So, basically it’s expected that many users with very old btrfs partitions (more specifically, created with a btrfs-progs version before 5.15) are running with metadata on the Single profile (that is, only one copy), whereas starting in 5.15 the default is for the DUP profile (that is, two copies).
The profile change process is relatively without risks as long as the user has enough free space (I commented with one user on Telegram about doing it and he bricked his system while attempting it, so far we have mostly chalked it up to low free space) and should be beneficial because it makes the filesystem a bit more resilient to failures (if something in one copy of the metadata corrupts, there’s the other one to rely on).
Basically this is something I learned about int the BTRFS Matrix channels when I asked for help in fixing checksum errors with btrfs scrub, it turned out I had to delete the files with checksum problems and get them back (they were ostree-related files, but I never figured if the reson they corrupted was hardware or software), but the users on the channels hinted at having the dup metadata for avoiding future problems (and also because apparently if metadata gets corrupted, you are screwed).
So, basically, I found this also while searching for it:
The DUP profile for metadata became the default as of btrfs-progs 5.15, so if you create one with a previous version it likely is still the single profile (IIRC the btrfs-progs version will match the kernel version, so we could check the Fedora versions likely to be affected by checking the shipped kernel).
From Btrfs RAID profiles | Forza's Ramblings those seem very important:
With btrfs-progs 5.14 and earlier the defaults were different on flash based media such as NVMe and SSD and normal rotational HDDs. The default was
DUPmetadata on HDDs and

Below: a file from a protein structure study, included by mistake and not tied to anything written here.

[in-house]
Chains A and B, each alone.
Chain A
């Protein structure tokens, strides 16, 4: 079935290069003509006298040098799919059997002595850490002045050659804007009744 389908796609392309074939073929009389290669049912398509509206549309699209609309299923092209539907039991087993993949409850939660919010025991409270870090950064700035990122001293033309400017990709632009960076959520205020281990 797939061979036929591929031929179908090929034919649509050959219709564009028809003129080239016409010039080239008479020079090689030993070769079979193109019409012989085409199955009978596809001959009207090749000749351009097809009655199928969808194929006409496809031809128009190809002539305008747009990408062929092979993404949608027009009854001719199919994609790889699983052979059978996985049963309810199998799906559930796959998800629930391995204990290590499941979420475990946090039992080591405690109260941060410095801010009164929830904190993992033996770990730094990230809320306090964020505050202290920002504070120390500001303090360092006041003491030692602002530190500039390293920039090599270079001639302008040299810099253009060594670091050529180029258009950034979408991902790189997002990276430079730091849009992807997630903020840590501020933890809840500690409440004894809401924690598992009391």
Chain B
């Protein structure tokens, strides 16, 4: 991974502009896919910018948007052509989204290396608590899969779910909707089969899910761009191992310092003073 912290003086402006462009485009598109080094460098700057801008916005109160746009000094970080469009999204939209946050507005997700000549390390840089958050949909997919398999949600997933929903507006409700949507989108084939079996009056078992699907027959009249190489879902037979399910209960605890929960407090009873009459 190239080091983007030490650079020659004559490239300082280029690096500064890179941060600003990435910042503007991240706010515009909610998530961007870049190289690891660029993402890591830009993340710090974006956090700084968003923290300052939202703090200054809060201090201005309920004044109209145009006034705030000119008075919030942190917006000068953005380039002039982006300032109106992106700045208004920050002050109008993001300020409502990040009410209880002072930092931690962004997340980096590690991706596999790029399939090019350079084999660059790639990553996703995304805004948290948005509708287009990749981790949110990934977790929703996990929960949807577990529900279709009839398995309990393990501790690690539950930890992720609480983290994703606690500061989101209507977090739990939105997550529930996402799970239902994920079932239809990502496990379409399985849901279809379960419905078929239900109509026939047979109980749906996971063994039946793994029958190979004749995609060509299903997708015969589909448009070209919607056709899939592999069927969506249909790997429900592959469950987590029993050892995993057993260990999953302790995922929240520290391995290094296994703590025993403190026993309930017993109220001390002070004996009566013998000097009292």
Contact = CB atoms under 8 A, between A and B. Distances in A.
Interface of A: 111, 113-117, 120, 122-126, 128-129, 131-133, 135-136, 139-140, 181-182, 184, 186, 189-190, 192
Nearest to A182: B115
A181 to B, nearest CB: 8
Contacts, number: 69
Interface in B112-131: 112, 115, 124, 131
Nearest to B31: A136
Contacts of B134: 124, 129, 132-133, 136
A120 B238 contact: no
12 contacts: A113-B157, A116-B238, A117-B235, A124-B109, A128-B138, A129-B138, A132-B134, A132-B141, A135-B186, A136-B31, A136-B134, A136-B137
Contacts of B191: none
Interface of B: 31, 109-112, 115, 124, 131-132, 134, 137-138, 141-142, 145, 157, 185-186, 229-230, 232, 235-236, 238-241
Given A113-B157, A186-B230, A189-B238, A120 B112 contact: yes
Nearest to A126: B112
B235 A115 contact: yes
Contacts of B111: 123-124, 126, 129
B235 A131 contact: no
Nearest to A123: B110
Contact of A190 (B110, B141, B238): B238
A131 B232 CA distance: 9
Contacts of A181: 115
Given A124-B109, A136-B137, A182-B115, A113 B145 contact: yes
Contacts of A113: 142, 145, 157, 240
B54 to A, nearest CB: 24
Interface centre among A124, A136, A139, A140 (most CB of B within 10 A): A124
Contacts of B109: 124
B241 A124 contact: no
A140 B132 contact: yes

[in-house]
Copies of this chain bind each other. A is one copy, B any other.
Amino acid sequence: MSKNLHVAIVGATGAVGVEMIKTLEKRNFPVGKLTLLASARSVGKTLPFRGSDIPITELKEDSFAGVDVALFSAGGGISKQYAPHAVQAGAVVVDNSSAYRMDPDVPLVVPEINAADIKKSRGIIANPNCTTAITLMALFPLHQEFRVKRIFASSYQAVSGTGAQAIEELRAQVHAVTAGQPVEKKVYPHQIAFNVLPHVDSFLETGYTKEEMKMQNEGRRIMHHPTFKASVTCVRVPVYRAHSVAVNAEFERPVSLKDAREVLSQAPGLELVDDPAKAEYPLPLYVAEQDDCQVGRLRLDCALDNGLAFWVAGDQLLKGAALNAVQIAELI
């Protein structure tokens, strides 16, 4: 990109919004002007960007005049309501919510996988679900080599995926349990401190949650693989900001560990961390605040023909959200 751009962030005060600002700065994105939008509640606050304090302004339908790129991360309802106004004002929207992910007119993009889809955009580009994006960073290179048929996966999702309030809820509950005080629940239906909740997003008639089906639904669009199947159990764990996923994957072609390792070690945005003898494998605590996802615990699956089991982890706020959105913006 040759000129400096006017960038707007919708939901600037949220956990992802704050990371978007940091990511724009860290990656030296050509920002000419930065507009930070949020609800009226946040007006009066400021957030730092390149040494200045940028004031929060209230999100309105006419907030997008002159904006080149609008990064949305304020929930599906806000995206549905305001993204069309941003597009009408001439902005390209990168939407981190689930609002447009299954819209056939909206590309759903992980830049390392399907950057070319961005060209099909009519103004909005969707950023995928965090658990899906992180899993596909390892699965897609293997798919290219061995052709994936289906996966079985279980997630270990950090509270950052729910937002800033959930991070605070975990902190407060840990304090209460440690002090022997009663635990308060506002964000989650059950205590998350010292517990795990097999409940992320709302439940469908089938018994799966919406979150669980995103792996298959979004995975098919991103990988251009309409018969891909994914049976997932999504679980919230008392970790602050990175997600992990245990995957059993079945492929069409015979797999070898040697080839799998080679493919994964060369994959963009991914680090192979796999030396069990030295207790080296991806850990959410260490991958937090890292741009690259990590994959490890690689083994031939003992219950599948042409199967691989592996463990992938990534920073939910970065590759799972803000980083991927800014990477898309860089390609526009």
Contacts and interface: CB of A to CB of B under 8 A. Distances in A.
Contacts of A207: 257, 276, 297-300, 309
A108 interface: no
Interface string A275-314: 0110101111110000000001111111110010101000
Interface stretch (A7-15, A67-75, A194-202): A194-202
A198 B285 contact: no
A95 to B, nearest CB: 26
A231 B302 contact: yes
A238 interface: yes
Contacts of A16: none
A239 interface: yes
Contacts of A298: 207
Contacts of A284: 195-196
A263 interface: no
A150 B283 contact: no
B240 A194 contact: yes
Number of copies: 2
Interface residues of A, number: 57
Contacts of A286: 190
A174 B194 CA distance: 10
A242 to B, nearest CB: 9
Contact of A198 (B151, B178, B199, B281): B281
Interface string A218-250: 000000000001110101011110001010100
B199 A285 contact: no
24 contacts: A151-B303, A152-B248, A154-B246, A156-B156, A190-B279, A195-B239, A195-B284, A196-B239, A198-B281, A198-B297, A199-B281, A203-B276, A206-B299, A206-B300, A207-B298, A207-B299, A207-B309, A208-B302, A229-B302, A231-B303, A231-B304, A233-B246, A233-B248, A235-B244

SINGLEmetadata on NVMe and SSD. It was changed because it increases reliability and resiliency of the filesystem.
DUP means duplicate. This ensures two copies exists on the same disk. Can be used on one or several drives like SINGLE mode but does not protect against disk failures.
**** DUP mode protects against data or metadata corruption, but not disk failures.***
Always use a redundant profile such as
RAID1for metadata, even if you use
RAID0for data. This protects the filesystem from many types of otherwise irreparable damage if there were some corruptions in the metadata.
Also the article will be targeted for users of the Single profile for Data, as any other profiles likely was manually chosen by the user and we could assume that they “likely know what they are doing”, although they could likely reuse it if applicable for their system.
The article would end up not being much different than the Manjaro blog post above as we would need:
- Explain why older btrfs filesystems are not in the dup profile (i.e. created with pre-btrfs-progs 5.15)
- Explain why they should be, what are the benefits
- Show the command to check the profiles
- Give the disclaimer that the process is very low risks, but the user should be sure that backups are working and that there’s enough disk space (since it will have an extra copy of Metadata and System, a bit over their combined size as free space)
- Show the command to actually upgrade the profile
If possible it would be nice to have someone with more knowledge of BTRFS to give some feedback on the article before it’s published.